I have tutored science throughout my PhD and even up to now I get asked to give the odd tutorial. I taught at a Summer School at Oxford and also taught Biochemistry undergraduates at Oxford University. I also lectured medical students at Cardiff University.
When I completed my Fellowship in 2015 I was offered a job teaching A-level Biology and A-level Chemistry at a private school in Cardiff. I taught at this school for just over 2 years. When I moved back to west Wales I taught A-level Biology, GCSE Chemistry and KS3 science at the school I used to attend for almost 2 years. It was really weird to teach at my old school! I missed the lab too much, and teaching with my own young kids at home was really hard work! I decided to take a job as a Senior Research Scientist at a local Pharmaceutical company. I am very happy working here.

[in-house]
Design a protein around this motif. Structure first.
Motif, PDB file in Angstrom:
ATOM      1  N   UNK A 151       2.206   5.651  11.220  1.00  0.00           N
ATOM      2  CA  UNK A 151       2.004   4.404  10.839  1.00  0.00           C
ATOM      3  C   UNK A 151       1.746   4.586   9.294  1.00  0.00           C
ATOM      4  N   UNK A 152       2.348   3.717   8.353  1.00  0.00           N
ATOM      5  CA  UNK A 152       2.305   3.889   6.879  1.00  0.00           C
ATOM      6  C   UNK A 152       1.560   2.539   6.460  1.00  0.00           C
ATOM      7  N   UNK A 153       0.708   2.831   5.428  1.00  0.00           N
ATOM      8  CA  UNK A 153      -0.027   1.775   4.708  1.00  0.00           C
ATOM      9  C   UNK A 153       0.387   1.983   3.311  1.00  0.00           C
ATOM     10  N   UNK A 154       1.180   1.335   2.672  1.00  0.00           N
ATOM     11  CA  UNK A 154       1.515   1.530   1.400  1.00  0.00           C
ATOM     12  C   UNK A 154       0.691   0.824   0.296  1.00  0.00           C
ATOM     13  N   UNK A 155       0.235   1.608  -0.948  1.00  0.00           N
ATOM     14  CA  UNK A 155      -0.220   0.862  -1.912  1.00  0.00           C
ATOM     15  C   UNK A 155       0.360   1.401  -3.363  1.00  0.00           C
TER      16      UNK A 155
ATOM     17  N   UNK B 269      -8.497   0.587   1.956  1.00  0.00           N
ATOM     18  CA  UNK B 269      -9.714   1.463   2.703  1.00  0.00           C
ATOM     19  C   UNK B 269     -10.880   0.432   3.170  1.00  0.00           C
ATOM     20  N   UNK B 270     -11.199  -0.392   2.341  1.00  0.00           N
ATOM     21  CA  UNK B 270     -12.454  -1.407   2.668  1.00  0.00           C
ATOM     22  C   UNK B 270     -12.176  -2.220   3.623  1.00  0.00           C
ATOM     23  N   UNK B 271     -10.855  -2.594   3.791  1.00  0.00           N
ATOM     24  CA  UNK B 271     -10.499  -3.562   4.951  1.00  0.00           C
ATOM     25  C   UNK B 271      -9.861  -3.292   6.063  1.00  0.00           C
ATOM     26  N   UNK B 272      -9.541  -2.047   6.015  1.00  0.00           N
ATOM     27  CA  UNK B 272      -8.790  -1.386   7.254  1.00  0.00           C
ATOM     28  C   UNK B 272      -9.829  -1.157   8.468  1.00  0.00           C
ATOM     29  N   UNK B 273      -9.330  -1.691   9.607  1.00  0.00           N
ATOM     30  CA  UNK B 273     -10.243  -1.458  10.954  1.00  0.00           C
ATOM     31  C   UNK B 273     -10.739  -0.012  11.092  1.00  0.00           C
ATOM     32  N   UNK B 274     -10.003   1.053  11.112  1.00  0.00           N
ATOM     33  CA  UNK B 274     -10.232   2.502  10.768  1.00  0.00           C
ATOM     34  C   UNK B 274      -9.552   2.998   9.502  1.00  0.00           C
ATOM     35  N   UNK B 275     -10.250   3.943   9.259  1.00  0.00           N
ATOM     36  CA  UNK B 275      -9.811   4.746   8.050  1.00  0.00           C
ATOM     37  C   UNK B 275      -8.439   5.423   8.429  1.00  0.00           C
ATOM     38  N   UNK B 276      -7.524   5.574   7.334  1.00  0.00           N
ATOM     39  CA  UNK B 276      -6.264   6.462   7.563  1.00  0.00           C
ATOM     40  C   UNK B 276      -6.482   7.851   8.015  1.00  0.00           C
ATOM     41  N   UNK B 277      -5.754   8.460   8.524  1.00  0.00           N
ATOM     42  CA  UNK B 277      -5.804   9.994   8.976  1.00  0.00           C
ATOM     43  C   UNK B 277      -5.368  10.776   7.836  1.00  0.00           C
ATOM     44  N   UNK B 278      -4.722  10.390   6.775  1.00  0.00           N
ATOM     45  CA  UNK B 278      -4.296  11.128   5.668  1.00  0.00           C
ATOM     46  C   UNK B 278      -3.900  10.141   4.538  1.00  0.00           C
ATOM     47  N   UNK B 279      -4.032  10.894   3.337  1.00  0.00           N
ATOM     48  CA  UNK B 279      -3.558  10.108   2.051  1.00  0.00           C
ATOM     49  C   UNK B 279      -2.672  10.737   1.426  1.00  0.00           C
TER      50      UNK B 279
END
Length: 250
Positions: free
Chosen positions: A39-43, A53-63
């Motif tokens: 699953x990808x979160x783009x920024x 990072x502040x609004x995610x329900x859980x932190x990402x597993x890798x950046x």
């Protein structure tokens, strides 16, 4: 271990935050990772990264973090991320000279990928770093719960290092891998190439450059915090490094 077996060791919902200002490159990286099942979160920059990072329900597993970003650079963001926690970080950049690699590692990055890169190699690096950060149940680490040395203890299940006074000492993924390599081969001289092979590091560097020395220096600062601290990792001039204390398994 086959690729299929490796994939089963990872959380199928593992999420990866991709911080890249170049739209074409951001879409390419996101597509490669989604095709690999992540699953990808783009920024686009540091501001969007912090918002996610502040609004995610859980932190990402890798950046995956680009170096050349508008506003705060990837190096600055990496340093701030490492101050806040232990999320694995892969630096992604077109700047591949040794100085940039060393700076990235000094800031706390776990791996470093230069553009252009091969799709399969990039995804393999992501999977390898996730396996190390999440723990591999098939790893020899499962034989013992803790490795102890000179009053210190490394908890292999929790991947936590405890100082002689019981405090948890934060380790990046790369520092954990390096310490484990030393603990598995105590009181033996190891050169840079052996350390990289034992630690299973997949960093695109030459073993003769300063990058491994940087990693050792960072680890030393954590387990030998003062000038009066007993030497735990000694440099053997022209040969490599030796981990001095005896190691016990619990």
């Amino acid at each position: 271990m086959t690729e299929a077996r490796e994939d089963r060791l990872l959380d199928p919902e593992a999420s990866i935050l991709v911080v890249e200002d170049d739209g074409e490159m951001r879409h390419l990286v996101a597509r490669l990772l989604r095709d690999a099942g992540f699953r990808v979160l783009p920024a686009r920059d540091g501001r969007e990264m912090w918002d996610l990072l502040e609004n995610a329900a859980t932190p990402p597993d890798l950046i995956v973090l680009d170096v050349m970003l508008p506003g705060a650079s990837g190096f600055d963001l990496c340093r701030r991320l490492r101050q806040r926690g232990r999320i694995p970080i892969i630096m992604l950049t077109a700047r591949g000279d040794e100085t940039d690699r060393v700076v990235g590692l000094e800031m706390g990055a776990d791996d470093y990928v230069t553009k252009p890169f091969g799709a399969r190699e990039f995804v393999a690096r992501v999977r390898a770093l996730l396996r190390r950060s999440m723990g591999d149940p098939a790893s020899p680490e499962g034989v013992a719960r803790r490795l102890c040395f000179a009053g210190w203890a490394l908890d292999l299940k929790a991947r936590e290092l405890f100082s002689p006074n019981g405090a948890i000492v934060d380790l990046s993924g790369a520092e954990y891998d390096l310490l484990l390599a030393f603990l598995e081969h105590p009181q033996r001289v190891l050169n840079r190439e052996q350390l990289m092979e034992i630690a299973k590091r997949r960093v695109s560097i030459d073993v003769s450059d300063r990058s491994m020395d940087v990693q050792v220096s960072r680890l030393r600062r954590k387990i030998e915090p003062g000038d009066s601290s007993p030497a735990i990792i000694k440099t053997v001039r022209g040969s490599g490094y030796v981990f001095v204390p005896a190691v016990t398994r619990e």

I am a Senior Research Scientist at quite a small pharmaceutical company in West Wales called MicroPharm. The company mostly produces anti-venoms to treat people who have been bitten by venomous snakes. These antivenoms are hugely important medicines as snake bites kill over 120,000 people each year! The Wellcome trust call this the “world’s biggest hidden health crisis”.
At the moment, however, I am not working on anti-venoms. I am working on oral medicines to treat gut disorders, we have just had a paper published about our medicine which is a hopeful new treatment for gut infection by a really common bacteria called C.Difficile. This infection gives people such terrible diarrhea that they can die! Thousands of people die from C.Difficile infection every year and the treatments for them are not always effective. But before you ask, no, I do not have to work with any poo.